NASA’s Marshall Space Flight Center scientists have invented a novel valve actuator where the primary actuating system and return spring system are arranged non-collinearly. In the past, valve actuators have employed pressureactuated piston and return spring systems with a linear arrangement that requires bulky return springs.

The function of the non-collinear valve actuator. An actuating force (red arrow) provided by a pneumatic piston causes a four-bar linkage arm to rotate to open a quarter-turn valve. Return force (blue arrow) to close the valve upon loss of actuating force is provided by the Belleville spring.

The need to reduce the mass of valve actuators for flight systems resulted in NASA’s non-collinear valve actuator. The actuator may be used in a variety of applications that will benefit from lighter actuating systems or a smaller system footprint. A prototype of the NASA actuator has been built to regulate the flow of a quarter-turn ball valve. NASA is seeking partners who are interested in co-development or licensure of this novel technology.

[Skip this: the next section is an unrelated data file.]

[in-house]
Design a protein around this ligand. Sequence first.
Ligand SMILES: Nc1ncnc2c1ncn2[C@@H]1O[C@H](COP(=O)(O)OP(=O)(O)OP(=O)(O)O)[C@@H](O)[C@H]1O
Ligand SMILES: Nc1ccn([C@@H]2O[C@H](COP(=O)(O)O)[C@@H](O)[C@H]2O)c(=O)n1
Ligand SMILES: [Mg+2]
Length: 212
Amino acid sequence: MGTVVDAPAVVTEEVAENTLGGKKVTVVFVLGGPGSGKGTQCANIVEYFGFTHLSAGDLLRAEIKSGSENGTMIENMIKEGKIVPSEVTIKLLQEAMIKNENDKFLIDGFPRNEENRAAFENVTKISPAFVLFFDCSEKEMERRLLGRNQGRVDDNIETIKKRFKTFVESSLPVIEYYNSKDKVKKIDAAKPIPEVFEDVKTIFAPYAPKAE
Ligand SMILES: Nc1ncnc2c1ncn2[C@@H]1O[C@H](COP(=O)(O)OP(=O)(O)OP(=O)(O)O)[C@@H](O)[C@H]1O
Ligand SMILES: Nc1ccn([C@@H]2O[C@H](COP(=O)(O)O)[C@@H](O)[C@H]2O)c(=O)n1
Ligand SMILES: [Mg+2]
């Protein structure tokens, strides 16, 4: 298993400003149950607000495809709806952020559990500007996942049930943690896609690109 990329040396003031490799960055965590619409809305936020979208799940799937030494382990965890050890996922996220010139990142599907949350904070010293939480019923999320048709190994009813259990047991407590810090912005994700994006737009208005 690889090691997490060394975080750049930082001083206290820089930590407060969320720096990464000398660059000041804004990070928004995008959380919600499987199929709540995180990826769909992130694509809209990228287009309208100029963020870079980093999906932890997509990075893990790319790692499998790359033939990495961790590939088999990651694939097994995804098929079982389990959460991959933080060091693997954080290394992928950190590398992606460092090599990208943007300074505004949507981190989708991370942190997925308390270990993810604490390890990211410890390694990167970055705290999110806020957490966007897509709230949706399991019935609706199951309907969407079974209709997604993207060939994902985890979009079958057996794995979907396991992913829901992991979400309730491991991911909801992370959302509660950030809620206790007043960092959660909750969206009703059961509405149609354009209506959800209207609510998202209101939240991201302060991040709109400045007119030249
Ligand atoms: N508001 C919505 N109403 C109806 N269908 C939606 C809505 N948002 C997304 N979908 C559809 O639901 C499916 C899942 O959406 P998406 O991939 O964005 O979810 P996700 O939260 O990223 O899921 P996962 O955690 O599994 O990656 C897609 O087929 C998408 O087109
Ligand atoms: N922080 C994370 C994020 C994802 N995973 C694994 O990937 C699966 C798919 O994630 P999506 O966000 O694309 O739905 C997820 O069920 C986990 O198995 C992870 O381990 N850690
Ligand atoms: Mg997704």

The actuator and return spring are connected non-collinearly using a rotably affixed four-bar linkage arm. The non-collinearity of the primary actuating system and return spring system of the NASA actuator allows the system to use a larger stroke while the return spring system experiences significantly less displacement. Therefore, the length and mass of the return spring may be minimized and more efficiently packaged as a smaller actuator. Belleville springs are identified as a useful return spring in the NASA system due to their low cost, small size and weight, and nearly constant force exertion over variable displacement distances.

NASA’s Technology Transfer Program offers commercial licensing agreements to ensure its pioneering research finds secondary uses that benefit the economy, create jobs, and improve quality of life. For more information about licensing, please contact Clark Darty at This email address is being protected from spambots. You need JavaScript enabled to view it. or 256-544-2728.